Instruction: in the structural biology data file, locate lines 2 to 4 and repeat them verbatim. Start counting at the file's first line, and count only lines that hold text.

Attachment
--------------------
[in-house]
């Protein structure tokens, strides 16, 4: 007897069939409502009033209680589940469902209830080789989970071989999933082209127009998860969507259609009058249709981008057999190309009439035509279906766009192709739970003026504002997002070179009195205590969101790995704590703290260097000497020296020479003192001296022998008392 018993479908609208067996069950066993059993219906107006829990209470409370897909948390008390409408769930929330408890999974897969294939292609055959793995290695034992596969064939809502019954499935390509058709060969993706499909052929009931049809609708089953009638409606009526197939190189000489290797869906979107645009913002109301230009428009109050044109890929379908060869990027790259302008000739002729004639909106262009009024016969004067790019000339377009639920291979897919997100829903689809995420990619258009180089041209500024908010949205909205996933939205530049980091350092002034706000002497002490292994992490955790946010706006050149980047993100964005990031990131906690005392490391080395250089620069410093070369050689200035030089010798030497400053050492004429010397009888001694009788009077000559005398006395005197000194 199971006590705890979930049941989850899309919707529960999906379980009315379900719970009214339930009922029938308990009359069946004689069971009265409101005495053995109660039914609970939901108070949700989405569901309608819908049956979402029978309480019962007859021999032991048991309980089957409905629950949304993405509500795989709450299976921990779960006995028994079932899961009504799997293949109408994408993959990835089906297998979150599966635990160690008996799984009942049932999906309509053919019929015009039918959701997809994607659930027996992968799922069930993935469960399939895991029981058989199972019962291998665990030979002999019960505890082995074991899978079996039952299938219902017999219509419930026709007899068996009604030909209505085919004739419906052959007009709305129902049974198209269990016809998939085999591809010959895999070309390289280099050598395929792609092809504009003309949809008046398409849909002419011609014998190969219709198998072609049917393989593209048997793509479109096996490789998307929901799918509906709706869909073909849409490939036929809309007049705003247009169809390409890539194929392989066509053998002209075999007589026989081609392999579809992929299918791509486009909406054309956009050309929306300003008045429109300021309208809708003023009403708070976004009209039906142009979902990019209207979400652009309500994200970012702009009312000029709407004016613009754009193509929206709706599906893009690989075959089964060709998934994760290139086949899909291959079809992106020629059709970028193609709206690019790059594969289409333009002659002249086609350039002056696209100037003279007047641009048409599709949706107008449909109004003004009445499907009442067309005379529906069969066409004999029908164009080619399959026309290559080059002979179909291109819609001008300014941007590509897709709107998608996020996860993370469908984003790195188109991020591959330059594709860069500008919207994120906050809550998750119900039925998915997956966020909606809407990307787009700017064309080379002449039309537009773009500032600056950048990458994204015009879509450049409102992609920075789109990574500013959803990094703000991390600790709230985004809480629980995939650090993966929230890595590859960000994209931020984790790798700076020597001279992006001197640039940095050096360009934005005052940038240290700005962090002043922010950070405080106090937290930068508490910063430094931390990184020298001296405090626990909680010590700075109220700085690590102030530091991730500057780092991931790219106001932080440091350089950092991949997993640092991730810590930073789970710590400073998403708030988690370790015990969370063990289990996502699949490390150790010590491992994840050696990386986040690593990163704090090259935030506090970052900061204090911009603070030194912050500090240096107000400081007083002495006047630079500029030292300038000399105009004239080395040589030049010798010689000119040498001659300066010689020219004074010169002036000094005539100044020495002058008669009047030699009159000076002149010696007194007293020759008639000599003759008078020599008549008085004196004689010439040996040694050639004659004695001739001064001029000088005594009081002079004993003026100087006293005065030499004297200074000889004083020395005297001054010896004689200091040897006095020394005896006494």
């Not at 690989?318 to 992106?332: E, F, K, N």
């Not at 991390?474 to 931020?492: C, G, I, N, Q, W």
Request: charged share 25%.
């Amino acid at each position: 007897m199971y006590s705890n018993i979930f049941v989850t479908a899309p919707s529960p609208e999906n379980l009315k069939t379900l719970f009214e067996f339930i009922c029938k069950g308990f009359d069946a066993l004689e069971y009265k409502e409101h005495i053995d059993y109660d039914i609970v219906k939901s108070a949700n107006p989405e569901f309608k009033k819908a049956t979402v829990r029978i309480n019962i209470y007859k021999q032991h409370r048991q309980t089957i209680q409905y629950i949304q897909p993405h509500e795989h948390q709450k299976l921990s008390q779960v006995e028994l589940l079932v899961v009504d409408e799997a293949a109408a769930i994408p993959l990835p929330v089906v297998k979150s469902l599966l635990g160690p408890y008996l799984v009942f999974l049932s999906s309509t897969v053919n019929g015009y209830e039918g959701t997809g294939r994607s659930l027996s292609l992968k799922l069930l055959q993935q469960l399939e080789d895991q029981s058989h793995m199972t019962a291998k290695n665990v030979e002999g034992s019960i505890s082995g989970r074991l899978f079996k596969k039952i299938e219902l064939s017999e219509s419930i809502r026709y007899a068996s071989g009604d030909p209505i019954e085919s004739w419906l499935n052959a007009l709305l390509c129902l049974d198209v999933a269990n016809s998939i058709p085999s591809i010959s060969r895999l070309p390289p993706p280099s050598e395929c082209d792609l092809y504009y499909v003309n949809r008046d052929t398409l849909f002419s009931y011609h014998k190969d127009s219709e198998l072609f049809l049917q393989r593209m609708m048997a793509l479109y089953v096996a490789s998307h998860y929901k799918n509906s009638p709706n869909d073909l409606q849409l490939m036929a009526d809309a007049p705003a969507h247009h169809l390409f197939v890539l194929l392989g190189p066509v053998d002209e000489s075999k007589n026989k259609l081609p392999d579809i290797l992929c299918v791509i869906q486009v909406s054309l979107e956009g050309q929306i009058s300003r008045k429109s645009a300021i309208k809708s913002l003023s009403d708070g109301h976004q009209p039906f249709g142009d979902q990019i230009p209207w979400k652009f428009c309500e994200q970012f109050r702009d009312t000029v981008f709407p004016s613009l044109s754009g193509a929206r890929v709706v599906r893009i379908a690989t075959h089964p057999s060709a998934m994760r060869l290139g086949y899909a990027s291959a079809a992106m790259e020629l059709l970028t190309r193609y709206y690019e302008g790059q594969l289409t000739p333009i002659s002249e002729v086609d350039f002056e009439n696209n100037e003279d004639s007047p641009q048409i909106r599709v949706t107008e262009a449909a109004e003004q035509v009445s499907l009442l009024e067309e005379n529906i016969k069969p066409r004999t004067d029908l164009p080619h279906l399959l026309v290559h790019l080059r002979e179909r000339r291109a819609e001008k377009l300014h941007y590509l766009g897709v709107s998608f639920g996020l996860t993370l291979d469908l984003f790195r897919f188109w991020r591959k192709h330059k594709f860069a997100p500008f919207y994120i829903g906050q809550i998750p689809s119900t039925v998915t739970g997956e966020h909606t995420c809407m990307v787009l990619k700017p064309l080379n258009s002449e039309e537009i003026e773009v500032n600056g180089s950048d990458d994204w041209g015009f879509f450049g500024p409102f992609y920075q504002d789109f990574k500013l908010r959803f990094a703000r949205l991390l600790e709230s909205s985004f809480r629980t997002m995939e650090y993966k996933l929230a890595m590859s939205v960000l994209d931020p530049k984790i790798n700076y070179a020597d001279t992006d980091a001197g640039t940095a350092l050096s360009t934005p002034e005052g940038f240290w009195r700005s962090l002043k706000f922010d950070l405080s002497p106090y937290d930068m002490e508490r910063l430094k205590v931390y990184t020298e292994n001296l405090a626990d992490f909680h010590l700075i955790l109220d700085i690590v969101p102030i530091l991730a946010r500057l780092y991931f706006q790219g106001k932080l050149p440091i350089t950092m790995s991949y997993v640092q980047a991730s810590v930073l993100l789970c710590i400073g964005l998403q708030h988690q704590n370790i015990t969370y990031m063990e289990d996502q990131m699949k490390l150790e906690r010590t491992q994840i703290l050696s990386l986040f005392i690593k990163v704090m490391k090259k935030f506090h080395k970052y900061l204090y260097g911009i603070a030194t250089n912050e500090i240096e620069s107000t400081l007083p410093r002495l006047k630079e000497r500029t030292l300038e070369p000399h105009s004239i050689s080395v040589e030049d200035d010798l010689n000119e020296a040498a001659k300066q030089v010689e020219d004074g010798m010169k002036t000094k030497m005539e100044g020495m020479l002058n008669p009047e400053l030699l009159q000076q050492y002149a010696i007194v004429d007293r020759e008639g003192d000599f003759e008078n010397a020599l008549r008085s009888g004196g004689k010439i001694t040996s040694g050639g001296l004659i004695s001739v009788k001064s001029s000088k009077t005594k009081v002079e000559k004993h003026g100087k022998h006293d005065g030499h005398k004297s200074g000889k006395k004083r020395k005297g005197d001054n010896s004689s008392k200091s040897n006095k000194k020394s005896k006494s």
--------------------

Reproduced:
């Protein structure tokens, strides 16, 4: 007897069939409502009033209680589940469902209830080789989970071989999933082209127009998860969507259609009058249709981008057999190309009439035509279906766009192709739970003026504002997002070179009195205590969101790995704590703290260097000497020296020479003192001296022998008392 018993479908609208067996069950066993059993219906107006829990209470409370897909948390008390409408769930929330408890999974897969294939292609055959793995290695034992596969064939809502019954499935390509058709060969993706499909052929009931049809609708089953009638409606009526197939190189000489290797869906979107645009913002109301230009428009109050044109890929379908060869990027790259302008000739002729004639909106262009009024016969004067790019000339377009639920291979897919997100829903689809995420990619258009180089041209500024908010949205909205996933939205530049980091350092002034706000002497002490292994992490955790946010706006050149980047993100964005990031990131906690005392490391080395250089620069410093070369050689200035030089010798030497400053050492004429010397009888001694009788009077000559005398006395005197000194 199971006590705890979930049941989850899309919707529960999906379980009315379900719970009214339930009922029938308990009359069946004689069971009265409101005495053995109660039914609970939901108070949700989405569901309608819908049956979402029978309480019962007859021999032991048991309980089957409905629950949304993405509500795989709450299976921990779960006995028994079932899961009504799997293949109408994408993959990835089906297998979150599966635990160690008996799984009942049932999906309509053919019929015009039918959701997809994607659930027996992968799922069930993935469960399939895991029981058989199972019962291998665990030979002999019960505890082995074991899978079996039952299938219902017999219509419930026709007899068996009604030909209505085919004739419906052959007009709305129902049974198209269990016809998939085999591809010959895999070309390289280099050598395929792609092809504009003309949809008046398409849909002419011609014998190969219709198998072609049917393989593209048997793509479109096996490789998307929901799918509906709706869909073909849409490939036929809309007049705003247009169809390409890539194929392989066509053998002209075999007589026989081609392999579809992929299918791509486009909406054309956009050309929306300003008045429109300021309208809708003023009403708070976004009209039906142009979902990019209207979400652009309500994200970012702009009312000029709407004016613009754009193509929206709706599906893009690989075959089964060709998934994760290139086949899909291959079809992106020629059709970028193609709206690019790059594969289409333009002659002249086609350039002056696209100037003279007047641009048409599709949706107008449909109004003004009445499907009442067309005379529906069969066409004999029908164009080619399959026309290559080059002979179909291109819609001008300014941007590509897709709107998608996020996860993370469908984003790195188109991020591959330059594709860069500008919207994120906050809550998750119900039925998915997956966020909606809407990307787009700017064309080379002449039309537009773009500032600056950048990458994204015009879509450049409102992609920075789109990574500013959803990094703000991390600790709230985004809480629980995939650090993966929230890595590859960000994209931020984790790798700076020597001279992006001197640039940095050096360009934005005052940038240290700005962090002043922010950070405080106090937290930068508490910063430094931390990184020298001296405090626990909680010590700075109220700085690590102030530091991730500057780092991931790219106001932080440091350089950092991949997993640092991730810590930073789970710590400073998403708030988690370790015990969370063990289990996502699949490390150790010590491992994840050696990386986040690593990163704090090259935030506090970052900061204090911009603070030194912050500090240096107000400081007083002495006047630079500029030292300038000399105009004239080395040589030049010798010689000119040498001659300066010689020219004074010169002036000094005539100044020495002058008669009047030699009159000076002149010696007194007293020759008639000599003759008078020599008549008085004196004689010439040996040694050639004659004695001739001064001029000088005594009081002079004993003026100087006293005065030499004297200074000889004083020395005297001054010896004689200091040897006095020394005896006494």
């Not at 690989?318 to 992106?332: E, F, K, N």
């Not at 991390?474 to 931020?492: C, G, I, N, Q, W």